It’s been quiet on campus as we enter examination time, but in Washington, the difficult and complex task of reconciling GOP’s Senate and House tax plans has begun. Protest continues as we wait with considerable anxiety what will be the outcome–not least the proposed tax on graduate student tuition waivers. The Senate version did not include such a tax and 30 House Republicans have aired their opposition to this provision in their own bill. Fiona Doyle, Dean of the Graduate Division, and Chancellor Carol Christ have distributed a detailed assessment of the situation. In the meantime, at UC Davis, graduate students have been encouraged to make sure they register this year for the next quarter to avoid having to pay any possible tax for the upcoming term.
The Senate held its forum on free speech last Monday, December 4. Professor Judith Butler presented a nuanced critique of free speech absolutism, reasserting BFA’s position. You can read it here. At the same time the American Association of University Professors (AAUP) put out an important report on the assault on science perpetrated against climate change research and foreign scholars. The academic community is slowly waking up to defend its future.
Chair of the BFA
Thirty-one Republicans in the House sent a letter to the GOP leadership last week urging them to ensure a tax on graduate student tuition is left out of the party’s tax plan. In the letter, the lawmakers, all of whom voted for a version of the bill which included the tuition tax, wrote, “A tax on graduate tuition waivers would be unfair, would undermine our competitive position, and would inhibit the economic growth that tax reform promises.” In a letter to the campus community, UC Berkeley’s leadership urged students to contact their congressional delegation about the proposed tax on tuition.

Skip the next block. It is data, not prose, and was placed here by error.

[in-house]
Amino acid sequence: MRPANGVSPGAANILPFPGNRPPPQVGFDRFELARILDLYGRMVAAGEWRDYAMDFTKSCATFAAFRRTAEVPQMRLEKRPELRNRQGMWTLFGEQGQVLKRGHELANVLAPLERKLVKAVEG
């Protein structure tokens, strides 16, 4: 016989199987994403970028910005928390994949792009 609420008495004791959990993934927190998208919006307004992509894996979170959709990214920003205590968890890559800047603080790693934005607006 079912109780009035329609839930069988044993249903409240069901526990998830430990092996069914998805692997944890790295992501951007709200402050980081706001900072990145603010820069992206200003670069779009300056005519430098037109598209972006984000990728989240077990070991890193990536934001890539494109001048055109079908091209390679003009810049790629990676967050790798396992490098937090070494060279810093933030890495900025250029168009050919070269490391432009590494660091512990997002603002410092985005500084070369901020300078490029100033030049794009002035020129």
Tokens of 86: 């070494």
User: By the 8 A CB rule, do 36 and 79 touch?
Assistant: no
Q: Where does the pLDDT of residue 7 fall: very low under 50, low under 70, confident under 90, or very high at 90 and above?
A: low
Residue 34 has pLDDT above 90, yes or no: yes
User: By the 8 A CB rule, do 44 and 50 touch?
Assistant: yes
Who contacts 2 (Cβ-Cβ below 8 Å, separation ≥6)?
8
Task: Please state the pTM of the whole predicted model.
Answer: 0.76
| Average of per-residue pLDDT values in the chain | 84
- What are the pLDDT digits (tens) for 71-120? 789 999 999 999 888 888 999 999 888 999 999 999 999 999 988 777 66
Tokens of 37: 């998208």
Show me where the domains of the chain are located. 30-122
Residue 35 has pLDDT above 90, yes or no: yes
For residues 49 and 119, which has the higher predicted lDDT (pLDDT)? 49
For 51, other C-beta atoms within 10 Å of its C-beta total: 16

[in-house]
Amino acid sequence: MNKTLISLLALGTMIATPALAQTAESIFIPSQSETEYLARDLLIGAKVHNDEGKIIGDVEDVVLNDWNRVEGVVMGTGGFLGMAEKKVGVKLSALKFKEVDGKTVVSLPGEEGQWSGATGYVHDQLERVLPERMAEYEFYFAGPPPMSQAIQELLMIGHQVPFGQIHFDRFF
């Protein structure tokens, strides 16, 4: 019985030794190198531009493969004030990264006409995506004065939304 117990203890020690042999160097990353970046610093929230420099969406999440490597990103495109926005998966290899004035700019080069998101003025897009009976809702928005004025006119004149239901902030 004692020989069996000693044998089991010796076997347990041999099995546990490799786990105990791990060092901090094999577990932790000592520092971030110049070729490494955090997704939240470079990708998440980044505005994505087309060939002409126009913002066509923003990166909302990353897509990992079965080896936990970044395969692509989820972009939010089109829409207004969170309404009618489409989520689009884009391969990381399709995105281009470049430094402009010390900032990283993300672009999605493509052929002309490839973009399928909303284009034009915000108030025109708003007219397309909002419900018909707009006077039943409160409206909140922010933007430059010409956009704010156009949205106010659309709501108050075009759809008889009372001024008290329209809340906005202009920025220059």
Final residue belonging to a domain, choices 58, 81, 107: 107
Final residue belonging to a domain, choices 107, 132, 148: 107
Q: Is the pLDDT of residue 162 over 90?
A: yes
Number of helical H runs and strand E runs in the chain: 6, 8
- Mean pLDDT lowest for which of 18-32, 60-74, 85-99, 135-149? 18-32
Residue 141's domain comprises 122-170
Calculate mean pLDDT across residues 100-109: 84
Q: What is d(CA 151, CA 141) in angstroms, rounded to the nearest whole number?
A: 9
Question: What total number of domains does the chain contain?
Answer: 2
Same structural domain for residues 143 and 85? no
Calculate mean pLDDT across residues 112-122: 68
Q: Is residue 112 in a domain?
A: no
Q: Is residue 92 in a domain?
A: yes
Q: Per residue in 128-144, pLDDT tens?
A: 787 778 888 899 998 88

In other news, a Berkeley student published an op-ed in the conservative Washington Examiner bemoaning the state of free speech on campus. While he noted campus leaders often say the right thing, he contends the practice of “shouting down” exercised by student activists undermines free speech.
12/7 – House Republicans May Be Backing Away From Taxing Grad-Student Tuition Waivers (Chronicle): Rep. Pete Sessions, a Texas Republican, is quoted as saying, “Instead of penalizing students who want to get ahead and gain an edge in their fields, we should be providing them more opportunities to be successful.”
12/6 – Arrests, Anger, Anxiety as Grad Students Visit Paul Ryan’s Office (IHE): Nine student protestors were arrested for their action outside the Speaker’s office.
12/8 – About That Tuition-Waiver Deduction for Graduate Students (NationalReview): The article by the mainstream conservative magazine is critical of graduate tuition’s tax-exempt status, but notes it’d be easy for universities to reclassify graduate tuition as a scholarship, which is not taxed under any version of the GOP bill.
12/10 – Op-Ed: I go to UC Berkeley and I’m watching free speech slip away (WashingtonExaminer): The author urges activists not to use terms like fascist and alt-right as blanket insults for those one disagrees with.
12/6 – Letter from UC Berkeley Leadership:
To: Students; Faculty; Staff